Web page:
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Viewing posts tagged Myths About Sex.

Guest Blog: A Doctor Discusses 3 Sex Myths

By
Published: May 9, 2013

Dr. Jen McHardy, a family medicine physician guest blogs for My Body, My Future and addresses some myths about sex.


Can I get an STD by Kissing?

By KAPPI
Published: May 2, 2013

Well, it depends what you are kissing!


Is Oral Sex Really Sex?

By KAPPI
Published: April 9, 2013

Some people act like oral sex doesn’t really count as sex. But this is a dangerous idea.


Behind the Statistics - Part 2

By
Published: March 4, 2013

What about the guys?

There is much less literature on STI estimates in teen males. In fact, there isn’t even a recommended HPV test for men, and the only approved tests on the market are for women and cervical cancer in women (http://www.cdc.gov/std/hpv/stdfact-hpv-and-men.htm).


Behind the Statistics - Part 1

By
Published: February 26, 2013

Part 1 - “1 in 4 teen girls has an STD”

You may have seen this statistic on our billboards or campaign posters around the area.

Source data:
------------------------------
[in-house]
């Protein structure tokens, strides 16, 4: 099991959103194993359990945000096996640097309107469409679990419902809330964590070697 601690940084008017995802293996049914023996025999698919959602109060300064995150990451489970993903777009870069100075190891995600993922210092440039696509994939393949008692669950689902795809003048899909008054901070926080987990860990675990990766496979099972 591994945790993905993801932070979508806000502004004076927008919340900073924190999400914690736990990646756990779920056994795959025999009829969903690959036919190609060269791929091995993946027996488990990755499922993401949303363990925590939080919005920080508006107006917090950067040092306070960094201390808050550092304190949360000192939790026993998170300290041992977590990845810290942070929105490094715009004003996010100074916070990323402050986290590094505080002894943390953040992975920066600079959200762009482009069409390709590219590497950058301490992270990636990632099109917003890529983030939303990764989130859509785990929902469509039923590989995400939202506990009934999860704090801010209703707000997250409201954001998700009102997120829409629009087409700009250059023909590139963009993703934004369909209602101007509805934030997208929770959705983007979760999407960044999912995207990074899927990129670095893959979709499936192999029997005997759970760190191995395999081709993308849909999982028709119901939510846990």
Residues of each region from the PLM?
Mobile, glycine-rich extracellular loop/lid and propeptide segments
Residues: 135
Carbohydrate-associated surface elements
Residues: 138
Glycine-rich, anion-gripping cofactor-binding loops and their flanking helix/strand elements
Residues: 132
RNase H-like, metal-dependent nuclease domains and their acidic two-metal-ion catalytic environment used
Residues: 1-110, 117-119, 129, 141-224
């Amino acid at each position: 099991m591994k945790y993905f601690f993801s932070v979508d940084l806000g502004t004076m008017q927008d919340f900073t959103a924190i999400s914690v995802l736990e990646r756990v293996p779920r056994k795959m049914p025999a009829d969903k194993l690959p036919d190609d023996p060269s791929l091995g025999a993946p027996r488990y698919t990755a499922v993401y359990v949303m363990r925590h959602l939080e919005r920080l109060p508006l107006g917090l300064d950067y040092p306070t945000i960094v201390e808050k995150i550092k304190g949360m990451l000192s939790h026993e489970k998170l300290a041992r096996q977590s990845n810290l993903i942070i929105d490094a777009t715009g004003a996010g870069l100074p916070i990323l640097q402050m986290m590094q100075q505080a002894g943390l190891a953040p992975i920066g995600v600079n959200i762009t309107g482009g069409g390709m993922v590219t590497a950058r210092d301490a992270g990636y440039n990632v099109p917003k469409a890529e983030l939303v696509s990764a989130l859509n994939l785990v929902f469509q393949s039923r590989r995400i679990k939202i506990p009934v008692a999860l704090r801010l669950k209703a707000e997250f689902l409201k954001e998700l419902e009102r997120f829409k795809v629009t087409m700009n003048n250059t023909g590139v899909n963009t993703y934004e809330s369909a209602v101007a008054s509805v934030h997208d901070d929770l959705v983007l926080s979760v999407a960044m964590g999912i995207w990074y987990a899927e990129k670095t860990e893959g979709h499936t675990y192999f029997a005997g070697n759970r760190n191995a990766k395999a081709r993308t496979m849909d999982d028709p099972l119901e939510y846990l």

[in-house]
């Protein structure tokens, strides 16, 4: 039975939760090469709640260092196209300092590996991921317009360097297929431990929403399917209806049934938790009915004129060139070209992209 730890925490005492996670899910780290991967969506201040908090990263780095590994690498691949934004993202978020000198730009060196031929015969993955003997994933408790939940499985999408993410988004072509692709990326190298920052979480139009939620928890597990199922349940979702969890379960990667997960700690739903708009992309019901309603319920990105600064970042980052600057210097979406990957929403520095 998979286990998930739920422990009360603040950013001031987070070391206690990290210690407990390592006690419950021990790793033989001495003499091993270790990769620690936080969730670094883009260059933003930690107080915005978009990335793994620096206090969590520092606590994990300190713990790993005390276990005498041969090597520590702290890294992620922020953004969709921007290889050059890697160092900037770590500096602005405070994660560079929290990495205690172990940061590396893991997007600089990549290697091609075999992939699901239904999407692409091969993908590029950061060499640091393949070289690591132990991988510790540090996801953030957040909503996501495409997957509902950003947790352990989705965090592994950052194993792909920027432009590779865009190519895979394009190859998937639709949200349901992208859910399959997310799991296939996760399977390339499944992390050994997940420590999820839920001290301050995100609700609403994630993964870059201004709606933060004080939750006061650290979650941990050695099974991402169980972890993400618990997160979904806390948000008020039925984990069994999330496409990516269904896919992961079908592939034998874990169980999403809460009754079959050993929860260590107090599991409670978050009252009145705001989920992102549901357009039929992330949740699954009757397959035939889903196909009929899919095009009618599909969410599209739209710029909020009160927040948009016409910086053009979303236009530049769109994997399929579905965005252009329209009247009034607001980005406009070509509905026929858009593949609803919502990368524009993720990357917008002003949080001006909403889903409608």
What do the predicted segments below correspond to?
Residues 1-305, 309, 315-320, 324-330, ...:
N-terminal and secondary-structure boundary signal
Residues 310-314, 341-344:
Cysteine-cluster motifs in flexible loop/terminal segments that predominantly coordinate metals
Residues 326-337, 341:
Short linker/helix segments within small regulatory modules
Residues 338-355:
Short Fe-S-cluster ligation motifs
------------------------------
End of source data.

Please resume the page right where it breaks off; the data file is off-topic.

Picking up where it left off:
This statistic comes from a 2008 study conducted by the National Health and Nutrition Examination Survey, and it was the first national study to look at the prevalence (or the total number of new and existing infections at a given time) of STIs in adolescent females. 


I Can't Get Pregnant If... (Part 2)

By
Published: January 23, 2013

There are some popular (and sometimes bizarre) myths about conception and pregnancy. Some of these aren’t believed by very many people, but somehow they seem to keep coming up. All of the following statements are FALSE.


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Latest

Blog:
Don’t Just Stand By

  • You hear one student call another by an ugly racial slur
  • You see several students trip and shove a student they think is gay
  • You receive a tweet that describes a female student’s body with sexually shaming language

What should you do?

Read More

Real Talk:
Get Vaccinated

Getting routine shots from your doctor is never fun, but getting HPV is worse.

Protect yourself by getting vaccinated. The HPV Vaccine is cancer prevention. Ask your doctor about what you can do to stay safe, or call 865-215-5000 to schedule a vaccination appointment at the Health Department.